The historian also noted that “the manner of the Emperor was constrained, almost awkward, the manner of a man doing a thing for the first time, and trying to do it as well as possible.” Indeed, the emperor might well have felt a bit awkward. Here he was all dressed up in the European fashion and only six years before he had appeared in public with blackened teeth, rouge, and a formal topknot. And now, as he stepped forward, he was truly doing something which had never been done.

He stepped forward, raised his arm, and shook hands. An emperor of Japan had never before performed this alien action. “Such an incident,” says a Japanese account of the meeting, “was not known in the history of Japanese majesty”. The gesture indicated Japan’s willingness to honor Grant, as did the opening speech of the emperor, which began: “Your name has been known to us for a long time, and we are highly gratified to see you.”

After the meeting, the Grants were carried back to their brick place where, after such a filled day, they had no doubt collapsed. All their days from then on tended to be filled. On July 4, the day after they arrived, the Grants went to a Fourth of July luncheon with the American community, and then graced an official reception with 2000 in attendance. This was followed by an evening with the Iwakuras, old acquaintances from Washington, and concluded with the Grants being taken by their hosts to the Noh.

The idea of gruff, cigar-smoking, hard-drinking Ulysses S. Grant sitting through a Noh performance is appealing in its unlikeliness. The ex-president always spoke his mind: what he liked, he liked; what he didn’t, he didn’t.

There had been an initial demonstration of this at a banquet in Nagasaki, here, if the reporter is to be trusted, “the first serious dish was composed of crane, seaweed, moss, ricebread, and potatoes.” Grant took a look at the first course, took a bite. Then, to general if muffled consternation, he “pushed it aside and lit a cigar.”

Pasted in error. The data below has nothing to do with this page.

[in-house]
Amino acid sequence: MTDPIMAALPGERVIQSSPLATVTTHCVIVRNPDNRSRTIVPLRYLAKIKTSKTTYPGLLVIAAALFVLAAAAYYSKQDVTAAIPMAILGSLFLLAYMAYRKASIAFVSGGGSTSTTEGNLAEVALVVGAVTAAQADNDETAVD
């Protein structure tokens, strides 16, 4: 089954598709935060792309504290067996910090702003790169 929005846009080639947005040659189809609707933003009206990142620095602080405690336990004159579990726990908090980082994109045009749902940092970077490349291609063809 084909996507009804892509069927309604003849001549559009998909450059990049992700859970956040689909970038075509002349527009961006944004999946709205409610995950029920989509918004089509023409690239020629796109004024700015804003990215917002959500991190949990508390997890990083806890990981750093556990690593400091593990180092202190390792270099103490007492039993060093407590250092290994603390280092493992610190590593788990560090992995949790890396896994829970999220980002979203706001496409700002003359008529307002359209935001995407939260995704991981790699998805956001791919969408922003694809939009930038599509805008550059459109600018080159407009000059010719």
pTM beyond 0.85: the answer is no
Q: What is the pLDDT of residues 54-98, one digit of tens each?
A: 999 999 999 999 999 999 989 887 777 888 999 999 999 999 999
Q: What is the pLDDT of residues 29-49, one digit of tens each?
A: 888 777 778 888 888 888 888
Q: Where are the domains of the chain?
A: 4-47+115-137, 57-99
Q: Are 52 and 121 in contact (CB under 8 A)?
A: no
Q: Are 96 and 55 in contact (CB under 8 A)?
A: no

Now, however, presented with something much stranger than crane with seaweed, Grant did not light a cigar. He even stayed awake, something much commented upon since Japanese themselves often fall asleep at Noh. Grant not only paid attention, but was afterward most enthusiastic. “You must keep this,” he is said to have earnestly told his hosts.

On the morning of July 7, as a further indication of imperial favor (the empress had already sent over a complete set of lacquered furniture which Mrs. Grant had happened to admire), the emperor invited the general to a review of the troops. Again, this time, in the words of Young, “the review of the army by the emperor and the general was an event which had no precedent in Japanese history.” The crowd rejoiced, the troops marched past, the band again played Hail Columbia, and the emperor once more shook hands, this timegave each other presents. The ex-president got a precious sword and he, in turn, having come prepared, gave the emperor a Pratt and Whitney machine-gun.

Thus encouraged, suspicions forgotten, the populace proceeded to make the Grants their own. Quite suddenly, in the Japanese fashion, Grant was the national rage. His name was on all lips, a number of articles were named after him, and there was an instant plethora of prints. The public adulation was such that little Clara Whitney confided to her nowfamous diary, that, “General Grant is treated so much like a god here that a temple should be erected immediately.”

The extreme indication of imperial regard, however, occurred on August 10 when – an unheard-of-honor – the emperor actually came to call on General Grant. They met at a small summer house on the shores of a lake on the grounds of the Hama Palace. Again, there was the shaking of hands, and then business began.